Actually, quite a few do. They might not call it Thanksgiving, and they might not roast a turkey, but it turns out that Americans don’t have a monopoly on the idea of gathering together to express their gratitude for the fall harvest.


Canadians celebrate Thanksgiving on the second Monday of October, the same day as Columbus Day in the United States. Americans are often shocked to learn that Canadians believe they invented the holiday, and the Americans are the ones who copied it. Canadians trace the holiday back to 1578—more than 40 years before the Pilgrims arrived at Plymouth Rock—when the English explorer Martin Frobisher organized a feast on a frigid fall day in Newfoundland to celebrate his crew’s passage through the Northwest passage.


The Thanksgiving celebration in this tiny Caribbean country is directly linked with the United States. While it’s also called Thanksgiving, it’s celebrated on October 25th and has nothing to do with the autumn harvest. Rather, it celebrates the day in 1983 when American troops arrived to restore order during an attempted communist coup. Apparently, the troops introduced the Thanksgiving concept, suggesting that Grenadians celebrate the restoration of democracy with a grand feast, which eventually morphed into a national holiday.


In Europe, harvest festivals date back to pagan times. In modern Germany, however, the notion has found its way into religious culture: Erntedankfest (literally, harvest thanks festival) is celebrated with a special church service and quiet a lot of singing. Traditionally, a harvest queen and harvest king are crowned by the community and paraded through town in a grand procession (Erntedankfest is most widely celebrated in rural areas). The festivities are typically held on the first Sunday of October, though local communities may choose to celebrate it at any time during the harvest season.

The Netherlands

Americans associate the Pilgrims with Great Britain, but many were actually Dutch. Some historians have argued that the original Thanksgiving may have been inspired by Drie Oktober, a holiday on the 3rd of October that commemorates a military victory in the city of Leiden, where many Pilgrims lived before immigrating to England. To this day, a major Thanksgiving celebration takes place in a Leiden church that the Pilgrims frequented, in honor of these hardy, idealistic settlers. The event is modeled loosely on American Thanksgiving (it was on the fourth Thursday of November), but is mostly celebrated in public venues, rather than in private homes.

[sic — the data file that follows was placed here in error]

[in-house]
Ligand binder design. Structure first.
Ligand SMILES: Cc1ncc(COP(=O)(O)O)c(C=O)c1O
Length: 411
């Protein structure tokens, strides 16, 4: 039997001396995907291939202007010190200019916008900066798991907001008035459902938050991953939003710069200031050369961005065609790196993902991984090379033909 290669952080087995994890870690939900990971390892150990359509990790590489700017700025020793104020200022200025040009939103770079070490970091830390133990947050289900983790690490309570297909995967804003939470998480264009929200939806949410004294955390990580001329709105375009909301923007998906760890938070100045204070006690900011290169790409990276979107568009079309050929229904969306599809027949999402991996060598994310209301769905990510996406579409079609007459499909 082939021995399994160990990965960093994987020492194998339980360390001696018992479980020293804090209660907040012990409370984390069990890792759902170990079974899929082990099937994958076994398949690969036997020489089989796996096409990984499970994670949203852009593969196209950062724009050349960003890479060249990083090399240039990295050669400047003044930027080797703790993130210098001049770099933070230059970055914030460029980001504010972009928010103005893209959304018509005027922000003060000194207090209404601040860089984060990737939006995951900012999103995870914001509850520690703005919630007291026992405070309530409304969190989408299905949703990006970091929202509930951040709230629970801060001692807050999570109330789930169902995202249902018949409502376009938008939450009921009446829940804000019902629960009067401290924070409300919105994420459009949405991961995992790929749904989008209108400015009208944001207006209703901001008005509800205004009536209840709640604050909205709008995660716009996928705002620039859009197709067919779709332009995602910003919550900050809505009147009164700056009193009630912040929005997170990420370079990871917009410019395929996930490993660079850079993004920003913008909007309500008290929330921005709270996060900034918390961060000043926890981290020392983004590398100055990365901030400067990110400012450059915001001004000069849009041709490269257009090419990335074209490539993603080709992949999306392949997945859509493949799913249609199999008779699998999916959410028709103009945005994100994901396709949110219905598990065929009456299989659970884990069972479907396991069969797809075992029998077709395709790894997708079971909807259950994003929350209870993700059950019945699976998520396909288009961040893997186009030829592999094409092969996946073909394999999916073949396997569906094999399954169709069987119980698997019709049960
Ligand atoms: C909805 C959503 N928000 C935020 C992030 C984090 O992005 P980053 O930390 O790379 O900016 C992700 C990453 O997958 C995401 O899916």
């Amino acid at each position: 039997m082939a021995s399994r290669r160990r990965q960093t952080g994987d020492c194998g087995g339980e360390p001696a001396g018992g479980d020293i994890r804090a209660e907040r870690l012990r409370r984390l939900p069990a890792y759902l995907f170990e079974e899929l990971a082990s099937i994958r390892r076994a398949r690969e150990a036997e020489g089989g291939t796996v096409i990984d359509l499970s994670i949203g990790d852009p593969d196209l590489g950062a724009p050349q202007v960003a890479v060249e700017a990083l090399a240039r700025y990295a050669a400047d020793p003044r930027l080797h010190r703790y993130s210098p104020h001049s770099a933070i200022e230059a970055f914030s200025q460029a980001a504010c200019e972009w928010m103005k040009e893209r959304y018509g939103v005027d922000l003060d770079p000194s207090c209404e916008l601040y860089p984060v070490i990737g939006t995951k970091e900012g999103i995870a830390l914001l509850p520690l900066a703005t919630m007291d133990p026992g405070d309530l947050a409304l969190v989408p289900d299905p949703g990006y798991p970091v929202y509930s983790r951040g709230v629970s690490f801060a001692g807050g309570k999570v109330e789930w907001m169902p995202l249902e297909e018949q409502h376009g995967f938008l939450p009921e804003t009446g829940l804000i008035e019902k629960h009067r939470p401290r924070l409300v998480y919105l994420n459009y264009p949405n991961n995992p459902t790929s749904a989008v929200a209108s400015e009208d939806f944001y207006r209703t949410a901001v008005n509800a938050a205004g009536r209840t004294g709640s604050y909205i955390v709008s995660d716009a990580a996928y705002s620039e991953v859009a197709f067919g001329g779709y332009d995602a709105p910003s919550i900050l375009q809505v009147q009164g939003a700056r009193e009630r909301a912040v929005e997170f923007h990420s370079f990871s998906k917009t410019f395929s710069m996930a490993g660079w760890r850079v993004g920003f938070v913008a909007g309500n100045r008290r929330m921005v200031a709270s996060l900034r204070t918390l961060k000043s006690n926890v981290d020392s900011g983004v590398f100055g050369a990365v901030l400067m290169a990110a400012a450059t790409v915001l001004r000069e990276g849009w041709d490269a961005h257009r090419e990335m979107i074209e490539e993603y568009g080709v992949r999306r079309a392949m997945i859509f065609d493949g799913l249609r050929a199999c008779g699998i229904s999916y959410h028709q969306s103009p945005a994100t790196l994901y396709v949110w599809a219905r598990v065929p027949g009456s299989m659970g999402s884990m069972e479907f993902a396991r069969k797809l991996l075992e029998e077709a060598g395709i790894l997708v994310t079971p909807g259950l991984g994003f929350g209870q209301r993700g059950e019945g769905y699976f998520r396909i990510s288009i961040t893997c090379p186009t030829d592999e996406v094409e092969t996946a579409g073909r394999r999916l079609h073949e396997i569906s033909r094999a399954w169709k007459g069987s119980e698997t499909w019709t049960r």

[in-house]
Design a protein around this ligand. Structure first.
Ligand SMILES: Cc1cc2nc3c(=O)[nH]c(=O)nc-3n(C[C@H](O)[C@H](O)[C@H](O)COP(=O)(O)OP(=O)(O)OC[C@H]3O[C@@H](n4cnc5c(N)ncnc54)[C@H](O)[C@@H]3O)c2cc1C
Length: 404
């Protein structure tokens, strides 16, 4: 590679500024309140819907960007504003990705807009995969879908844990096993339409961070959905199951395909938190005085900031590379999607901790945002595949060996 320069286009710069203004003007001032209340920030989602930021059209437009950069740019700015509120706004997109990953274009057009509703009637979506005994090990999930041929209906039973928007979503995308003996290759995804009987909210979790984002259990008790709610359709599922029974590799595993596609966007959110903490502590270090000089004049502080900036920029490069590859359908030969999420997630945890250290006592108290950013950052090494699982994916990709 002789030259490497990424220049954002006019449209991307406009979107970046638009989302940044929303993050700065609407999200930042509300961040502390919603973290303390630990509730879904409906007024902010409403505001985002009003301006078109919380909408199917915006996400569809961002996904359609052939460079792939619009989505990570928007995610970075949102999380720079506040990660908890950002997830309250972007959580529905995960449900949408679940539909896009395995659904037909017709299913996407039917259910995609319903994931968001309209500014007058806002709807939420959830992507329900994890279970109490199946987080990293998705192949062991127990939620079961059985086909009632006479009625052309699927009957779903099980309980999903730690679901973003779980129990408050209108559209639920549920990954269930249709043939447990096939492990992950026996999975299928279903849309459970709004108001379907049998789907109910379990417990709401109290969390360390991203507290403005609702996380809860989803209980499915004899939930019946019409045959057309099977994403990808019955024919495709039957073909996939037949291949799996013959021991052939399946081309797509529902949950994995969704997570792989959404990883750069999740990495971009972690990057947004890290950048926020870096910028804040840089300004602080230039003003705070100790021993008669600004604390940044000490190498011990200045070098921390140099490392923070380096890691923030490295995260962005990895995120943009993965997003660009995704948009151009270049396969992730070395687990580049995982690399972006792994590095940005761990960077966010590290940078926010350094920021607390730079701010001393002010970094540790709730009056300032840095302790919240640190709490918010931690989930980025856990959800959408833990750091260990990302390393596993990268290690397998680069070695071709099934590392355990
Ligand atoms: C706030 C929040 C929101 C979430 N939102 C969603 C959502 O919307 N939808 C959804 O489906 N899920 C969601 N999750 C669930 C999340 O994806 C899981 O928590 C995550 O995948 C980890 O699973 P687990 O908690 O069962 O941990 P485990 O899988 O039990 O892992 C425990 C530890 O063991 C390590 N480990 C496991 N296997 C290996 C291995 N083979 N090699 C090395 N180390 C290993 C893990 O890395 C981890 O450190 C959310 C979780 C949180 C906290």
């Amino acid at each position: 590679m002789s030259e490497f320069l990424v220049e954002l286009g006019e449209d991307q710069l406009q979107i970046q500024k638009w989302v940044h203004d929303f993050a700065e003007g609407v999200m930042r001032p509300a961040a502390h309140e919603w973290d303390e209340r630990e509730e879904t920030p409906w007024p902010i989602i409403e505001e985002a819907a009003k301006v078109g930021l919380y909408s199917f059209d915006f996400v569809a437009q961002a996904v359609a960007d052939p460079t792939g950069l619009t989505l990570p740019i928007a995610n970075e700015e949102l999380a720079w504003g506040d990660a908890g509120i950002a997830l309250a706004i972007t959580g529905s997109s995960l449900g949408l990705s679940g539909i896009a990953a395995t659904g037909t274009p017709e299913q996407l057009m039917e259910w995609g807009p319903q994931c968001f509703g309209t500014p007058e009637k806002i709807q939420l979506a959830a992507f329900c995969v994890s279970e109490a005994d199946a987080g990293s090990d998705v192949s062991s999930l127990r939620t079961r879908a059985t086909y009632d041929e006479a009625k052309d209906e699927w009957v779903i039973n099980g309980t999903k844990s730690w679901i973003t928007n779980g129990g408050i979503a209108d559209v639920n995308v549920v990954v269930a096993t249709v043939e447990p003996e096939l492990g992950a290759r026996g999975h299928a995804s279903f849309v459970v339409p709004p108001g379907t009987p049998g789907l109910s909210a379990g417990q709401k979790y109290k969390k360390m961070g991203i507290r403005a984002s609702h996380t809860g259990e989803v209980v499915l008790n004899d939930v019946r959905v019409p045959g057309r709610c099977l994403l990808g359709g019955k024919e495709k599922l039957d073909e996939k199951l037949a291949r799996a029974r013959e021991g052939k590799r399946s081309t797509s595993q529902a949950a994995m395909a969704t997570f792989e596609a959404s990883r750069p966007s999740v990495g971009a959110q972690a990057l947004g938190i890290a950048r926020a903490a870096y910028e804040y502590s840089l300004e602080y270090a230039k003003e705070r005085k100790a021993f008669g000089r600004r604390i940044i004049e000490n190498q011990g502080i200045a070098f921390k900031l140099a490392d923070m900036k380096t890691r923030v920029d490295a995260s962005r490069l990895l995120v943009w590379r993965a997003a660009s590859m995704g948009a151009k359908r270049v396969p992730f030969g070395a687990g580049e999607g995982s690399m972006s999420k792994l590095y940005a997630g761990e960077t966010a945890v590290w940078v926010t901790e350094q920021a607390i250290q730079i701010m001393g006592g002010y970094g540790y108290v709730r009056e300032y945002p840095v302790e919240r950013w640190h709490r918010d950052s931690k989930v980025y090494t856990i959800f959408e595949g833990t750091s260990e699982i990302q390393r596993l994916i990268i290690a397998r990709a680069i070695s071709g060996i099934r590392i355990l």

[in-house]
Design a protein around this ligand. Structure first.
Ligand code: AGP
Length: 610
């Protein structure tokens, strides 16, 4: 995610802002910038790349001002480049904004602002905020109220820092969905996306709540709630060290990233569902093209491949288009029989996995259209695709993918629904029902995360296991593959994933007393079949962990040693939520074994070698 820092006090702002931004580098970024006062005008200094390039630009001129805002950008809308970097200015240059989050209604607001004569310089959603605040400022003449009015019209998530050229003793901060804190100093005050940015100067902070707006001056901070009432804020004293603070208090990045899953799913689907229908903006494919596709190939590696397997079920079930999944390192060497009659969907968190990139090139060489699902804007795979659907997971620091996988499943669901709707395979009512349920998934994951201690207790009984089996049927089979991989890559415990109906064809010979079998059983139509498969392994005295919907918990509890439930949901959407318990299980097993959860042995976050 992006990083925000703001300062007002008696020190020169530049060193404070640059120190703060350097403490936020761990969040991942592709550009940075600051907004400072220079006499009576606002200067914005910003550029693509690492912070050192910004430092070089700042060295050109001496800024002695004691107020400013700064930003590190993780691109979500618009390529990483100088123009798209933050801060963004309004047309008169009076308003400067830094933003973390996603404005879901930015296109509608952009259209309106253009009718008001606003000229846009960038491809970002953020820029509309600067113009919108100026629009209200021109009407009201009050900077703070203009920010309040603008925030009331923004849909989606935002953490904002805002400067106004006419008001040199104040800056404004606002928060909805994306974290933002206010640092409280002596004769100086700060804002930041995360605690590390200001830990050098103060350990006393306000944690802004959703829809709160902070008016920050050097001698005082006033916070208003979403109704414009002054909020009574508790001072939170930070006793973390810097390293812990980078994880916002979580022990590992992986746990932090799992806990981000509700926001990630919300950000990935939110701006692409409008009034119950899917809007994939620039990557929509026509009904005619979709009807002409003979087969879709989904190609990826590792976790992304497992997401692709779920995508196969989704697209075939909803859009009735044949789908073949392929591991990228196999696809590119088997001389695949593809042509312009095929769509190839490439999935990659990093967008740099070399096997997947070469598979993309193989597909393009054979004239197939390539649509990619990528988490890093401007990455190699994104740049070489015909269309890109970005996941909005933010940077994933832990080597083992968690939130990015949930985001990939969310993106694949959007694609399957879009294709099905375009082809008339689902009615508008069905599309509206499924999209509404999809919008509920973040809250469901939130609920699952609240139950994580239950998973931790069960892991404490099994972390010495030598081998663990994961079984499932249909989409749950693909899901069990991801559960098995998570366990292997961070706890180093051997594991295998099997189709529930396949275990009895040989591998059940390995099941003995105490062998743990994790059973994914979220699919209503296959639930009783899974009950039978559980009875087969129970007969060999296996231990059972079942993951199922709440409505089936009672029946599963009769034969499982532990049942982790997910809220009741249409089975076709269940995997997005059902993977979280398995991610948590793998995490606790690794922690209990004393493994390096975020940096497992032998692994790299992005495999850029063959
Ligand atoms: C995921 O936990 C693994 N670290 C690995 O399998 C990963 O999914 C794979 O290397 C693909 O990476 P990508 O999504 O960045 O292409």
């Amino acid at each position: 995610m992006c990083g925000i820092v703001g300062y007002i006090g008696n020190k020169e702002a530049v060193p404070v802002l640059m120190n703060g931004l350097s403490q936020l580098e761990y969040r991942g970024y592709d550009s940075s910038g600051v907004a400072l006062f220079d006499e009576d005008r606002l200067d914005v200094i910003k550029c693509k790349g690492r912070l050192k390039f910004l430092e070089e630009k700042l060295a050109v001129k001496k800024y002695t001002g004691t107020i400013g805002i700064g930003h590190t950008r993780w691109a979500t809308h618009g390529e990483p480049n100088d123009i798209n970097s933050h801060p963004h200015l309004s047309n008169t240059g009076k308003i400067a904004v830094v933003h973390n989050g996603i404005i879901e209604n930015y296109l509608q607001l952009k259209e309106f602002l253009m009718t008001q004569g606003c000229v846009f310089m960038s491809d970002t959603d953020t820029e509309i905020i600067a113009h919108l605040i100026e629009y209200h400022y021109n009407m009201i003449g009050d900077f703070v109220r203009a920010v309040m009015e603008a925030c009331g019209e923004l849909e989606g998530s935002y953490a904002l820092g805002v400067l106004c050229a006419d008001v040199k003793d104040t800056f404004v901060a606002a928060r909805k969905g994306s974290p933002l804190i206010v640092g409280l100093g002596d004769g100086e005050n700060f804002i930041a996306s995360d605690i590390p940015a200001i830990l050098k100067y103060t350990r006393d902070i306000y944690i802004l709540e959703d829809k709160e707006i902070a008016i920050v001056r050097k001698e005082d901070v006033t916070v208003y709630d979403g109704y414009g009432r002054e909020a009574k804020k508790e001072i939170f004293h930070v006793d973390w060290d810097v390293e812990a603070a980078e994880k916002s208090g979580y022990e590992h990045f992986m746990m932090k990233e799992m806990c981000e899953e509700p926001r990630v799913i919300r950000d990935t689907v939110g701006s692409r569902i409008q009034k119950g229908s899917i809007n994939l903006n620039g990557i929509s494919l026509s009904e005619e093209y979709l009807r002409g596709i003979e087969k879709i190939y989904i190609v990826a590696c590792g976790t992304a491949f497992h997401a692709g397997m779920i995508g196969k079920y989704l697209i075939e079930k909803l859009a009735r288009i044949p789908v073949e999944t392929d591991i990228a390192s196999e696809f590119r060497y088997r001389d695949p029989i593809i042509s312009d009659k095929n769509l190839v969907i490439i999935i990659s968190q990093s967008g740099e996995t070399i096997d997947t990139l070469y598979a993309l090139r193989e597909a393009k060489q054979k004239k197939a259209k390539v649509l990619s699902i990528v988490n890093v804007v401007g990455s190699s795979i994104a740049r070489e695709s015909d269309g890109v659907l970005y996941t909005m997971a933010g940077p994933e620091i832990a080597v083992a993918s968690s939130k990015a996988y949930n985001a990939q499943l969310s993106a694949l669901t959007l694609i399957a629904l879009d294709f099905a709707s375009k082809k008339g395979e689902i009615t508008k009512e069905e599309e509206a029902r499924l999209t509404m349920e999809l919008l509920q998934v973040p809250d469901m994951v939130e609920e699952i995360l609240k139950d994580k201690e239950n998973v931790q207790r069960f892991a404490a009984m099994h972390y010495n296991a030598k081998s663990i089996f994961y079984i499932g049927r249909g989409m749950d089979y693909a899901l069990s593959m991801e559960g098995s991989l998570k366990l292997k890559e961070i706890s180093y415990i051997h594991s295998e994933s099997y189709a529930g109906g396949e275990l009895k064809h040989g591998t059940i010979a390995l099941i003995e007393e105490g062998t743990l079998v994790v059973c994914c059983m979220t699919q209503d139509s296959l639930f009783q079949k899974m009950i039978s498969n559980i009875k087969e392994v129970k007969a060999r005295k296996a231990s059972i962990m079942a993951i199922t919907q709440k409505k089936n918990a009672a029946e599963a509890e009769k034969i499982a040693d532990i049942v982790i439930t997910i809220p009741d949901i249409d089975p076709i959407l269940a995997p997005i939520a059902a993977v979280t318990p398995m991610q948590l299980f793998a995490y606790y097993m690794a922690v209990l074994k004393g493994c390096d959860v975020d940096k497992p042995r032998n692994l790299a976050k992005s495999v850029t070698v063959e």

National Thanksgiving Day, celebrated on the first Thursday of November in Liberia, also has an American connection. The country was founded in the 19th century by freed American slaves who imported the tradition. Though only a small percentage of the population identifies as Americo-Liberian today, the holiday persists—though with tropical African flavor. In place of turkey and mashed potatoes are roast chicken and mashed cassava. It’s always harvest season in the tropics, so in this case, Thanksgiving is viewed as a time celebrate the founding of the country.


In Asia, Thanksgiving celebrations have little to do with the United States. On November 23rd each year, the Japanese observe Kinro Kansha no Hi—Labor Thanksgiving Day—which traces its roots back to ancient harvest rituals. The idea is to celebrate not just food, but the hard labor that goes into producing it. In 1948, the holiday was formalized by country’s post-World War II government as celebration of labor rights more broadly, not just of those who produce food.


The Korean Thanksgiving equivalent, called Chuseok, which translates as “autumn eve,” is celebrated for three days on or near the autumn equinox—whenever the harvest moon appears each year—a tradition that has been alive in the region for millennia. One of the major Korean holidays, it is a time of gathering with family and, as in America, feasting until you can feast no more. Traditional Chuseok foods include rice balls flavored with sesame seeds and pine needles and Korean “pancakes” (which are basically deep-fried meat and vegetables), all washed wn with a bit of rice liquor.